Saying I’m sorry doesn’t necessarily mean saying you’re wrong. Saying I’m sorry means you’re the one who’s taking responsibility for resolving the conflict and mending the relationship. You might offer an apology to explain your state of mind, how you feel about what happened, or why you felt the need to bring up the issue.

Offering a phrase of apology can go a long way in opening the lines of communication and productively moving the dialogue along. A sincere apology holds a great deal of power. It can diffuse anger, lessen pride, and soothe hurt feelings. You won’t always need to incorporate a phrase of apology into your conflict resolution conversation, but if you feel it’ll help move the dialogue along, why not? Whenever you’re at a stalemate in your discussion and the other person isn’t willing to budge or look at the situation from your perspective, offering an apology can often change a person’s disposition.

Offer a phrase of apology whenever you feel it will encourage empathy between the other person and you.
“I’m sorry if I seem overly sensitive.”
“I’m sorry if I misunderstood your intent.”
“I’m sorry that we need to have this conversation.”
“I apologize if I misunderstood what happened.”
“I regret that I have to bring this up.”
“Please forgive me for feeling this way.”

7. Phrases of Compromise

Compromise is the optimum way to resolve conflict. People are usually able to reach a compromise when they remain flexible, ask questions to gain a better understanding of the situation, listen with an open mind, look at the circumstance from the other person’s perspective, and try to find middle ground. When people who are in a conflict discussion are able to compromise, the chances of agreeing on a solution greatly increase.
Communicating phrases of compromise means that you want to negotiate fairly and find the best solution and that you’re willing to remain open as you work toward an agreement. Phrases of compromise demonstrate that you want to cooperate, listen, and find middle ground. When you’re willing to cooperate, others will be more apt to cooperate with you. When you’re open to listening, others will be more apt to listen to you. And when you’re trying to find middle ground, others will be more apt to meet you halfway. When those things occur, you’re on your way to negotiating a suitable conclusion.

When you open your conversation with an “I” phrase and offer a phrase of understanding and your colleague doesn’t take responsibility, you’ll want to add a phrase of compromise to continue the dialogue.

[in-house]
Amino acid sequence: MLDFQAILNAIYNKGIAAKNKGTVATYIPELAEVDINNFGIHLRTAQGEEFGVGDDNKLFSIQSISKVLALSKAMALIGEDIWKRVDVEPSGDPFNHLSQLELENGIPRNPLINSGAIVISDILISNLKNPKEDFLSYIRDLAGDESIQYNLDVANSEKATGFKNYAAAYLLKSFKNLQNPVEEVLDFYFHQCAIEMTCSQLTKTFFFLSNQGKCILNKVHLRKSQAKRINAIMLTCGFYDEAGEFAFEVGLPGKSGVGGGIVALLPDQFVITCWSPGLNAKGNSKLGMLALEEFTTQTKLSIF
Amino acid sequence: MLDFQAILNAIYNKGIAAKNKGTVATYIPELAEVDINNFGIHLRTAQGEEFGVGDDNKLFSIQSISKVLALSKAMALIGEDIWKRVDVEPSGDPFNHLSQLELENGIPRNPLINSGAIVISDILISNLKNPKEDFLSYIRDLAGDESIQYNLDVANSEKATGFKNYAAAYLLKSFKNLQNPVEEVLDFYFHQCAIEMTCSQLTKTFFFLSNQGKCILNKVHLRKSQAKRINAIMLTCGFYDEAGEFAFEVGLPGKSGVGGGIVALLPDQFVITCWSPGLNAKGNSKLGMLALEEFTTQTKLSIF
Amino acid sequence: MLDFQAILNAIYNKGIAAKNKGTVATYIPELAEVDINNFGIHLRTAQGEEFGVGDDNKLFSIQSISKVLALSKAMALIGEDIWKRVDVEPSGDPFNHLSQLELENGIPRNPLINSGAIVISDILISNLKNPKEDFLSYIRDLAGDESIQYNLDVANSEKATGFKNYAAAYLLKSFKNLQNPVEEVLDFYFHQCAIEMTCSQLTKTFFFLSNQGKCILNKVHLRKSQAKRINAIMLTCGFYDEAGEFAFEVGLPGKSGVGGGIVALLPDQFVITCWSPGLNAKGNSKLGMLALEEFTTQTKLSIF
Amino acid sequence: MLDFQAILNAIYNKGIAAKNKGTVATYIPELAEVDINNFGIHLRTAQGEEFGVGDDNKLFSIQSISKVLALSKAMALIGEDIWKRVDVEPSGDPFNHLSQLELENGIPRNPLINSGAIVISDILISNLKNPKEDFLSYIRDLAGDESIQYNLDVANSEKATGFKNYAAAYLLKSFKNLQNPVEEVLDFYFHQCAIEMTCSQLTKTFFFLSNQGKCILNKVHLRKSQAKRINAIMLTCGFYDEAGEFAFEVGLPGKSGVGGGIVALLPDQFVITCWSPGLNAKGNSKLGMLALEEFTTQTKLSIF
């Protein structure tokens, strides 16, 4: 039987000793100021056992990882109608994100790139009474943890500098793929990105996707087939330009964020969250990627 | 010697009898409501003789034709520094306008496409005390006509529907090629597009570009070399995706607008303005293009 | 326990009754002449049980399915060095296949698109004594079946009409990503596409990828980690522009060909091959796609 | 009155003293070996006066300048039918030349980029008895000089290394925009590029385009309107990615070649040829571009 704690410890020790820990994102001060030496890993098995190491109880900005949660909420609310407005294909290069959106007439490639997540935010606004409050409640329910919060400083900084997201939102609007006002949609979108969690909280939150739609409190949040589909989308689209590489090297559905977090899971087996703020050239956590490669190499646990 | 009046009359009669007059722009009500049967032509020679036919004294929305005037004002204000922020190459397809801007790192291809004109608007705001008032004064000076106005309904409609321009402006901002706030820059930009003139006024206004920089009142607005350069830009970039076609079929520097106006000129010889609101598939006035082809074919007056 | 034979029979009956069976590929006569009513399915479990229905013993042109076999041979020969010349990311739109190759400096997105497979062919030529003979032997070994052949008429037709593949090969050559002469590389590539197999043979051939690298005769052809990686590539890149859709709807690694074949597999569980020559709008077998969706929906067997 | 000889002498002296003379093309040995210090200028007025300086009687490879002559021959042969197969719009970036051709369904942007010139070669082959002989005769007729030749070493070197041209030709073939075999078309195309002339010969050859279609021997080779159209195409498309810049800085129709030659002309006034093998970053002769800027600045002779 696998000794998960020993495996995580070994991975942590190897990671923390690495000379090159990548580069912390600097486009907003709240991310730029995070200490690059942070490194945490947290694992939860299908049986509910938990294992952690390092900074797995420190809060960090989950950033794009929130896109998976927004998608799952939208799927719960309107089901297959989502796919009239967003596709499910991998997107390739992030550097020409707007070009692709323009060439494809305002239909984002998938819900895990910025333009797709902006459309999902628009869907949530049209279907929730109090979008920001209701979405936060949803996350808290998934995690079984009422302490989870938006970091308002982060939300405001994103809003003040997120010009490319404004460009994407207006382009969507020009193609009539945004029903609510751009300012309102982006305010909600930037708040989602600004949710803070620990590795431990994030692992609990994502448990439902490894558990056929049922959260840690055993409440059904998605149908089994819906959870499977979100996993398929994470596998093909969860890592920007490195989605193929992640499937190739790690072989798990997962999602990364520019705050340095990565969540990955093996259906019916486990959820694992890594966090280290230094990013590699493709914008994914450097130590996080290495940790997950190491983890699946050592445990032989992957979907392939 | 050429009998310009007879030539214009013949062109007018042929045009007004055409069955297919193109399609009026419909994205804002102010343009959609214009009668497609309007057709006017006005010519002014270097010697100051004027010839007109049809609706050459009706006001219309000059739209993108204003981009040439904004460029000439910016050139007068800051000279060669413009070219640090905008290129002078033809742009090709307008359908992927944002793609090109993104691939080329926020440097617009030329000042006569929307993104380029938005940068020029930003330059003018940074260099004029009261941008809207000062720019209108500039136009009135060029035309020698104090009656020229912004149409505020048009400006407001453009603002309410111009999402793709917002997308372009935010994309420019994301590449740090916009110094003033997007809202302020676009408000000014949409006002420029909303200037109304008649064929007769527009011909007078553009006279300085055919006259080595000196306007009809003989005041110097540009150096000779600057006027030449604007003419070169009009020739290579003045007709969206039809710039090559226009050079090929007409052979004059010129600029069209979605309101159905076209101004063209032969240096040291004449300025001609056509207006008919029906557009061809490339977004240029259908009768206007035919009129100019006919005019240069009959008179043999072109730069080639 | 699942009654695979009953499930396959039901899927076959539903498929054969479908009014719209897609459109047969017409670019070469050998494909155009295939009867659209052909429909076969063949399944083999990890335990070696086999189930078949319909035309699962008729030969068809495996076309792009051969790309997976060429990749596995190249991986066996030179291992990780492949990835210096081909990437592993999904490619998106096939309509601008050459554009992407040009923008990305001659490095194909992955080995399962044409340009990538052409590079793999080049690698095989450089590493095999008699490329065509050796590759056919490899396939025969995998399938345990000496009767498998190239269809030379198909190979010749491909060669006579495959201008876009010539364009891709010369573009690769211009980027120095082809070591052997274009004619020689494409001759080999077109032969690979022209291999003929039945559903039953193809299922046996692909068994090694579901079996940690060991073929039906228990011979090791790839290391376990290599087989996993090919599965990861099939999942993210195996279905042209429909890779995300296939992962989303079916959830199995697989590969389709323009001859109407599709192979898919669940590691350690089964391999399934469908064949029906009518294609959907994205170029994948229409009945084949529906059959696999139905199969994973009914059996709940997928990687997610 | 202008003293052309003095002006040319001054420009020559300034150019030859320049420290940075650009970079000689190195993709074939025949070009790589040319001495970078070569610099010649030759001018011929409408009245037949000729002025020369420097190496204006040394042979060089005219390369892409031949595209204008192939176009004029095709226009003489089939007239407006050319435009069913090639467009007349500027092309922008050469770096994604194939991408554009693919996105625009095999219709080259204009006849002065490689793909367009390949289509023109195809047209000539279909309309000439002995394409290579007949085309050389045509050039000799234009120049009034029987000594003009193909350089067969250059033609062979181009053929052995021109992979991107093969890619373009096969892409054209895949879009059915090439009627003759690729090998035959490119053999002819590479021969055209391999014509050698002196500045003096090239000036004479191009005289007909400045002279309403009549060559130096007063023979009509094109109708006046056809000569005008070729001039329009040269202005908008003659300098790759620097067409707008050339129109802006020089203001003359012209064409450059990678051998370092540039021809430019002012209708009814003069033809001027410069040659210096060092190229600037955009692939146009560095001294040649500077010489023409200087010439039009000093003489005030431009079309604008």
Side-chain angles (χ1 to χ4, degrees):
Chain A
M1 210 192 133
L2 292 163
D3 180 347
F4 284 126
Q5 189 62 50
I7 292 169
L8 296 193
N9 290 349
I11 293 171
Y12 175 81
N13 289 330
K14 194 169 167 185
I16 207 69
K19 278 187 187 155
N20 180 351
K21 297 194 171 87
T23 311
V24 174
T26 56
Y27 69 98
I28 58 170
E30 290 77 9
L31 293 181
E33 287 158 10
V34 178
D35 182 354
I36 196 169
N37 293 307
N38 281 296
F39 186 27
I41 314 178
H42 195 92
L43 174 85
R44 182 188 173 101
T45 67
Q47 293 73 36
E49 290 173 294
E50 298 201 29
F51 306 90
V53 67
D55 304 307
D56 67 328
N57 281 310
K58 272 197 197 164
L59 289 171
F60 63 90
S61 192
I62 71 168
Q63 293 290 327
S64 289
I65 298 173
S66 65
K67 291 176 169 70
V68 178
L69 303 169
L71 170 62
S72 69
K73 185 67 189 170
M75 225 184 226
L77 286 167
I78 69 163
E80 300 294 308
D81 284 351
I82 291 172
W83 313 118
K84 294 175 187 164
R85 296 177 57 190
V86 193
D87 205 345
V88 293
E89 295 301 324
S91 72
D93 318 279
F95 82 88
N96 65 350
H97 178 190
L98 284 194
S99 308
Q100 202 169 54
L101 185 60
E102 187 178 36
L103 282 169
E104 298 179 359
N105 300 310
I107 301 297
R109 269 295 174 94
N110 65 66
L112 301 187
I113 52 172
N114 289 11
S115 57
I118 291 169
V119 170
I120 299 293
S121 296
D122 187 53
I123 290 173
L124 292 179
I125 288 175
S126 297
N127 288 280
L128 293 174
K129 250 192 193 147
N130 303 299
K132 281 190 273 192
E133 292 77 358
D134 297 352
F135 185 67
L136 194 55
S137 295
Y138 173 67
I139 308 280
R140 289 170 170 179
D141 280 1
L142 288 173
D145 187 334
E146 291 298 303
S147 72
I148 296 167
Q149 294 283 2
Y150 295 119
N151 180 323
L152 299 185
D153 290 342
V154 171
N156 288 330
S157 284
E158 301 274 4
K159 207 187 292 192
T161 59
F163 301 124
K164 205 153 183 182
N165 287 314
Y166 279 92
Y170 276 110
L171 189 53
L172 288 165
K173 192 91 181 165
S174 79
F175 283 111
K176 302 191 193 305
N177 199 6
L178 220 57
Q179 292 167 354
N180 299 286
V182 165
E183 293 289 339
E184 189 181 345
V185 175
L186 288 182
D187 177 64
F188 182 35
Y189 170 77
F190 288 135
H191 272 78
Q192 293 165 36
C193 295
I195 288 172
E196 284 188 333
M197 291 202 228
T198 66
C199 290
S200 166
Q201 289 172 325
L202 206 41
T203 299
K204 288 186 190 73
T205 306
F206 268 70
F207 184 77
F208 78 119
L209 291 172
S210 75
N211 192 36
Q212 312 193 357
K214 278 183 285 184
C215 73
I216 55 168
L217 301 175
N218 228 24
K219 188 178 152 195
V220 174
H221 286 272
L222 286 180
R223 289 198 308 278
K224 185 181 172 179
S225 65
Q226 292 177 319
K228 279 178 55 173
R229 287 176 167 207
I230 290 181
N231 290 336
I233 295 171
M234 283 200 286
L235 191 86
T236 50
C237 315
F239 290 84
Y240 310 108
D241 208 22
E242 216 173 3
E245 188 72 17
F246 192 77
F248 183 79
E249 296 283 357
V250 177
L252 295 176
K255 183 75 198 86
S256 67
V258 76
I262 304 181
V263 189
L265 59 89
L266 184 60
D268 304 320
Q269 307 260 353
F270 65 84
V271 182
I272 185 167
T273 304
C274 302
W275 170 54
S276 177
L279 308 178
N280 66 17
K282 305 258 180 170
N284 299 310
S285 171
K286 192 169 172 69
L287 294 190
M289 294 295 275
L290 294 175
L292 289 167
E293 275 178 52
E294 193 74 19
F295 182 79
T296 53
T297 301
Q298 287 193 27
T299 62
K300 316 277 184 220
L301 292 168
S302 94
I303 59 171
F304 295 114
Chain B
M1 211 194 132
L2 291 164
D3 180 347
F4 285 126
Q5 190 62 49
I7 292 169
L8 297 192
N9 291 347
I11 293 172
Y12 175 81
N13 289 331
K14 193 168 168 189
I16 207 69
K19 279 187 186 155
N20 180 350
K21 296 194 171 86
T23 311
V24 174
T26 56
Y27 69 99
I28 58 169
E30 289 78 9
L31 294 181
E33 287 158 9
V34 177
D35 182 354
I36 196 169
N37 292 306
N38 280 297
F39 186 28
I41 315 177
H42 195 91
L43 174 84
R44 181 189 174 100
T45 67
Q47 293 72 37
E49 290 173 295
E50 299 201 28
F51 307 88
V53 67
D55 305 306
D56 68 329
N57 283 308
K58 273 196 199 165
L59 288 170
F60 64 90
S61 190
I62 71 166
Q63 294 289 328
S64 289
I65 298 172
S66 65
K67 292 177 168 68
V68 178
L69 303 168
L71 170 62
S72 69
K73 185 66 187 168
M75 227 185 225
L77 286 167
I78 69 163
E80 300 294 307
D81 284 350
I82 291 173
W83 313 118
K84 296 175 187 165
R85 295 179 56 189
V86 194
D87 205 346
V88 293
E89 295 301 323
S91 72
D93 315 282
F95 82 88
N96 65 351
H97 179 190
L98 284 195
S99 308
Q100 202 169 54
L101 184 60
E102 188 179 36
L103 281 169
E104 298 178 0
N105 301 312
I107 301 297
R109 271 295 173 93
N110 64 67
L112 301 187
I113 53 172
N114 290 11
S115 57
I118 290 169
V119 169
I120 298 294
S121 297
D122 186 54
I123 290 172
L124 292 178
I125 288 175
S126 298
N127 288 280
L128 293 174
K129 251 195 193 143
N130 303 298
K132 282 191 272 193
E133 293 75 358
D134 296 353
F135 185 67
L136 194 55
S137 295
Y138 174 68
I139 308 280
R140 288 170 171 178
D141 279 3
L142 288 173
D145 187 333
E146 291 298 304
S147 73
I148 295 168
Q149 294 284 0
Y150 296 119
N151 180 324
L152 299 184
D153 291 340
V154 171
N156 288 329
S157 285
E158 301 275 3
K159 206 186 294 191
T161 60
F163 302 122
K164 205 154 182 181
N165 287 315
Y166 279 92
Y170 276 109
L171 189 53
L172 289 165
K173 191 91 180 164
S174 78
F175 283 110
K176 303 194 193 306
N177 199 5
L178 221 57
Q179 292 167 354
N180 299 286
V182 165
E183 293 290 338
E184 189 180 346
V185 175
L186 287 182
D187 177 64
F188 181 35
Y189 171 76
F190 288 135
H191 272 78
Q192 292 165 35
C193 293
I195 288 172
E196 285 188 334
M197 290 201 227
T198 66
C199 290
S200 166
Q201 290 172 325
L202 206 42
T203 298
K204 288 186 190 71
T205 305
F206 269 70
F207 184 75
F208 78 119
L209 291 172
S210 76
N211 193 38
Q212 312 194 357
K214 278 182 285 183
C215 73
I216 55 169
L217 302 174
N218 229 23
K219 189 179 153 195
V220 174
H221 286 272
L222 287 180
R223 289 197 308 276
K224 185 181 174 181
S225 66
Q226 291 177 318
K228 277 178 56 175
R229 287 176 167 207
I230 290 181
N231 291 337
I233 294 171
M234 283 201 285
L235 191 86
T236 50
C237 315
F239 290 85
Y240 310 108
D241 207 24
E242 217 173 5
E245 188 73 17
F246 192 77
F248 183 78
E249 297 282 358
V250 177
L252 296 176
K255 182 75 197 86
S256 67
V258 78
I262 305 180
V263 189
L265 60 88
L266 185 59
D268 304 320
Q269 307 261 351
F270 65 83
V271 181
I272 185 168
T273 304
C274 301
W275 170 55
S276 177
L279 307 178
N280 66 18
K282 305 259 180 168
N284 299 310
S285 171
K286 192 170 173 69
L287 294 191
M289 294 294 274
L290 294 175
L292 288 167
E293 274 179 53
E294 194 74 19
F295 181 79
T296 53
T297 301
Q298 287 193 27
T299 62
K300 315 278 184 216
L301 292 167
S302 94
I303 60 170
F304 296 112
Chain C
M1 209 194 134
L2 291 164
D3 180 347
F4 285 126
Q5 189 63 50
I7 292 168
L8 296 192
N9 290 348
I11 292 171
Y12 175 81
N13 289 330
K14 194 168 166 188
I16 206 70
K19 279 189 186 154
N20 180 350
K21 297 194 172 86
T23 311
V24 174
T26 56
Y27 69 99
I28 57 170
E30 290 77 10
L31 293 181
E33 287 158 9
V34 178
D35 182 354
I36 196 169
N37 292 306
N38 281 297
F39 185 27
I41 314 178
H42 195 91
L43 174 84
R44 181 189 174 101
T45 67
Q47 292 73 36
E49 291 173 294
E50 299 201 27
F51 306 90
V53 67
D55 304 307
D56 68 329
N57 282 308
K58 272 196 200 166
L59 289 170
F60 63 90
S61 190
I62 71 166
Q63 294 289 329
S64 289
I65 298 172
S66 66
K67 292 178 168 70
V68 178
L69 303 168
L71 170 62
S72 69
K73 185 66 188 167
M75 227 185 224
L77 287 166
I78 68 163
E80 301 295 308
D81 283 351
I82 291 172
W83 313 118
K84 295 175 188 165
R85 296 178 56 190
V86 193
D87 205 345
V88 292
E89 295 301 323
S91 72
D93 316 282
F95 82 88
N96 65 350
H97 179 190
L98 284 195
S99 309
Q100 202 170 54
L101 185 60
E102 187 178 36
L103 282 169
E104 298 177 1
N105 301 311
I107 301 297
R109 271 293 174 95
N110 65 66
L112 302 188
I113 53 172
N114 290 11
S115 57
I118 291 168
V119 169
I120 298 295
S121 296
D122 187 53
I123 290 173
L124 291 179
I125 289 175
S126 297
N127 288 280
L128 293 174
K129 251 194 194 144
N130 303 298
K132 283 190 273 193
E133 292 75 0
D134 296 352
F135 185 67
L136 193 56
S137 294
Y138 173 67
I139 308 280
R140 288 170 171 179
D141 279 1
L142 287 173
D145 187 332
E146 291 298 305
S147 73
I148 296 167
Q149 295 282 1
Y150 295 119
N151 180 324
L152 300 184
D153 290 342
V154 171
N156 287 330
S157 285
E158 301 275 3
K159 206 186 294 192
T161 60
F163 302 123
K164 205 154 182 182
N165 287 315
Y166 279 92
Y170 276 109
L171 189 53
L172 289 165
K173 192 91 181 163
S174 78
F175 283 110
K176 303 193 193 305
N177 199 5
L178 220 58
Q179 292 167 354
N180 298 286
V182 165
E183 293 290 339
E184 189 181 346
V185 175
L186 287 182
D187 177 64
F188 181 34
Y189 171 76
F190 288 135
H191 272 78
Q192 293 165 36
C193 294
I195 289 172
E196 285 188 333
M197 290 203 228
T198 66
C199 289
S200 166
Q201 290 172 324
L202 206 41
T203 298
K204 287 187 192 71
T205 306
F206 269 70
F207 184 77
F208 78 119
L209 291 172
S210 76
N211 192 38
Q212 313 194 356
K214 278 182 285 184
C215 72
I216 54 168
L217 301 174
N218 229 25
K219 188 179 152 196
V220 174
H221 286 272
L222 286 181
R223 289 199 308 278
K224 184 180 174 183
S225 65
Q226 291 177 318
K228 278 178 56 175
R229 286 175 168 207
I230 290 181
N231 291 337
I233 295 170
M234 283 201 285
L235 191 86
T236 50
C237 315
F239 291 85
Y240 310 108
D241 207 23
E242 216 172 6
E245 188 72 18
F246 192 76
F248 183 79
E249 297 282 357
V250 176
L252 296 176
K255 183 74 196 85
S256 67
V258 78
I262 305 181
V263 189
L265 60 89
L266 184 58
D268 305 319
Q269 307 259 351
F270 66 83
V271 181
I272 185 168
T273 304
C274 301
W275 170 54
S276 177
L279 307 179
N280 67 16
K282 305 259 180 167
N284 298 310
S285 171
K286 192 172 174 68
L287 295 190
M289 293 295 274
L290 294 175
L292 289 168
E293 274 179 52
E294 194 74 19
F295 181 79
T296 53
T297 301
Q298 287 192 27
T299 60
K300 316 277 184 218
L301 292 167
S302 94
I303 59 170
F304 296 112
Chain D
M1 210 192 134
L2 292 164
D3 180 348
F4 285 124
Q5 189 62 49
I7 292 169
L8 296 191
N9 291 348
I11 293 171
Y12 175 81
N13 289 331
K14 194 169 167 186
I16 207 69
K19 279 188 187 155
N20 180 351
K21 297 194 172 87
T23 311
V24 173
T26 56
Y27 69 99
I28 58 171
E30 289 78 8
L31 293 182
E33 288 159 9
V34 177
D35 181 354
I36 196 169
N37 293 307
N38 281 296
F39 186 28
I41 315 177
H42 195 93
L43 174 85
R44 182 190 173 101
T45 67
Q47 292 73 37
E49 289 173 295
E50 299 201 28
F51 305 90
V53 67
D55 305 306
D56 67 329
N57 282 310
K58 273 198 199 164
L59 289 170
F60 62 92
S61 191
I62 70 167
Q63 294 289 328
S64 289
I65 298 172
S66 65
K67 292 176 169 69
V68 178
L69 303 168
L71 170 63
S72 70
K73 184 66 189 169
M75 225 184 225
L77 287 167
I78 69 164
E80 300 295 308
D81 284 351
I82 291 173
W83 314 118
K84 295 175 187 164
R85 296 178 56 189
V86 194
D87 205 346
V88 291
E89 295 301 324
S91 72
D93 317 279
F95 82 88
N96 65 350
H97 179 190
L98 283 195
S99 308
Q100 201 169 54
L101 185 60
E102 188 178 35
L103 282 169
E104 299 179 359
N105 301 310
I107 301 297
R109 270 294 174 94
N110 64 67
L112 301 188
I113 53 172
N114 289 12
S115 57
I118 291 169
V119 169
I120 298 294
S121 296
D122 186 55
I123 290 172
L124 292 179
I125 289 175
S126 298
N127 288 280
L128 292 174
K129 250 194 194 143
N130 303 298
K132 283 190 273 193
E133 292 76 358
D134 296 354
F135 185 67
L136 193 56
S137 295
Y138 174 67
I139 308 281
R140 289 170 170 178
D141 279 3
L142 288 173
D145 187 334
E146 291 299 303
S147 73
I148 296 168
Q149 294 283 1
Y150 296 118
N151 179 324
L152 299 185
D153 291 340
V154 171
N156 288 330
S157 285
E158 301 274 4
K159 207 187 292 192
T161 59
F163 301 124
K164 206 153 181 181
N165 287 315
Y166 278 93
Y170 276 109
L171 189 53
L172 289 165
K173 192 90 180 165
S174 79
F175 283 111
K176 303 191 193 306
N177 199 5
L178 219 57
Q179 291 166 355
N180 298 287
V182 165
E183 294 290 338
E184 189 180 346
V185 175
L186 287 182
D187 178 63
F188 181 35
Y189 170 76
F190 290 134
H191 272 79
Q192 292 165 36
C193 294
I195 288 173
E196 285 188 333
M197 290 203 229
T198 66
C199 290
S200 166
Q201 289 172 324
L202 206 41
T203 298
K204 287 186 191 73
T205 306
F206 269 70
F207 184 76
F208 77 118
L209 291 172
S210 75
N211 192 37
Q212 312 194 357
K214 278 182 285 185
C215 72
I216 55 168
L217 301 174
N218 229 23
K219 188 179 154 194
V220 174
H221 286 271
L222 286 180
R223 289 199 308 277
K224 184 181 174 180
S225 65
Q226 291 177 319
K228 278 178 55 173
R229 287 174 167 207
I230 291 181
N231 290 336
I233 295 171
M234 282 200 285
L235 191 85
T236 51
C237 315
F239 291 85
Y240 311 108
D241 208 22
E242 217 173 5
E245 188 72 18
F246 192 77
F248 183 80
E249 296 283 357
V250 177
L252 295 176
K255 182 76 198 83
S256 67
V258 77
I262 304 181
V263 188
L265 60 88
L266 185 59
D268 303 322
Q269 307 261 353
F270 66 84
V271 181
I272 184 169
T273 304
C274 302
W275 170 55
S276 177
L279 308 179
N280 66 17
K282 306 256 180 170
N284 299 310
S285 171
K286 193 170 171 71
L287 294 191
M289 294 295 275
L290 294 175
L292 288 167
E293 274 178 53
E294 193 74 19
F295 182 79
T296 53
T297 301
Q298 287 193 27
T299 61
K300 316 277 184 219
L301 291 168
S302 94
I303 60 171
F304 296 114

“Let’s talk about this. I need to know why it happened and how we can keep it from happening again.”
“Can we talk about what happened?”
“I feel that we need to talk this out so it doesn’t happen again.”
“Let’s go somewhere in private and try to resolve this.”
“Let’s talk this over and find a suitable compromise.”
“I’d like to hear how you saw the situation so that I better understand.”
During your discussion to resolve the problem, it’s important to remain flexible so you’ll want to incorporate additional phrases of compromise.
“Here’s how you see the issue: ________. And here’s how I see it: ________. Let’s see where we can come together on this.”
“Since we don’t agree why this happened, let’s lay out the facts and come up with a solution we both can live with.”
“Why don’t we each state our viewpoints? Then we’ll see if we can find common ground.”
“We need to resolve this somehow. The only way to do that is for each of us to be flexible and try to come together.”

Timing is important when you’re trying to resolve conflict of any kind, so before beginning your discussion, make sure it’s a good time. When Kate asked Emma if she had a few minutes to talk, she made sure that Emma was open to having the conversation at that time. If now isn’t a good time for the other person, ask when it will be and then schedule a time that’s agreeable to both of you.

It’s a good idea to restate the resolution just in case you misinterpreted what you and your coworker agreed to.

8. Phrases of Resolution

When each of the involved parties is able to voice their opinion, listen to each other’s perspective, compromise, and agree on a solution, everyone feels good about the outcome. That’s how many conflict resolution discussions go.

Offering a phrase of resolution is an important next step. You want to make sure that everyone truly is in agreement about the outcome and, in the event that you aren’t able to garner agreement from all the involved parties, you want to make sure that everyone understands why this is the best solution.

For example, during a discussion on the best way to resolve billing mistakes, you agree to manage it at the point of contact, but one member of your team feels that the employee who was responsible for the error should handle the problem. As the meeting winds down, you need to gain the hold-out’s agreement to the resolution by explaining why that solution was chosen: “Look, Josh, we understand that you feel differently. (understanding) But, if we turn the contact over to another employee, there’s going to be a delay in getting the problem resolved. It’ll take extra time to explain the situation. And, what if the employee’s on vacation? Since the rest of us feel this is the best way to handle these errors, can you live with our decision?” (resolution) Josh responds: “I see your point. In the past we’ve been inconsistent in handling these types of problems but as long as we’re all handling them the same way, then I’ll agree.”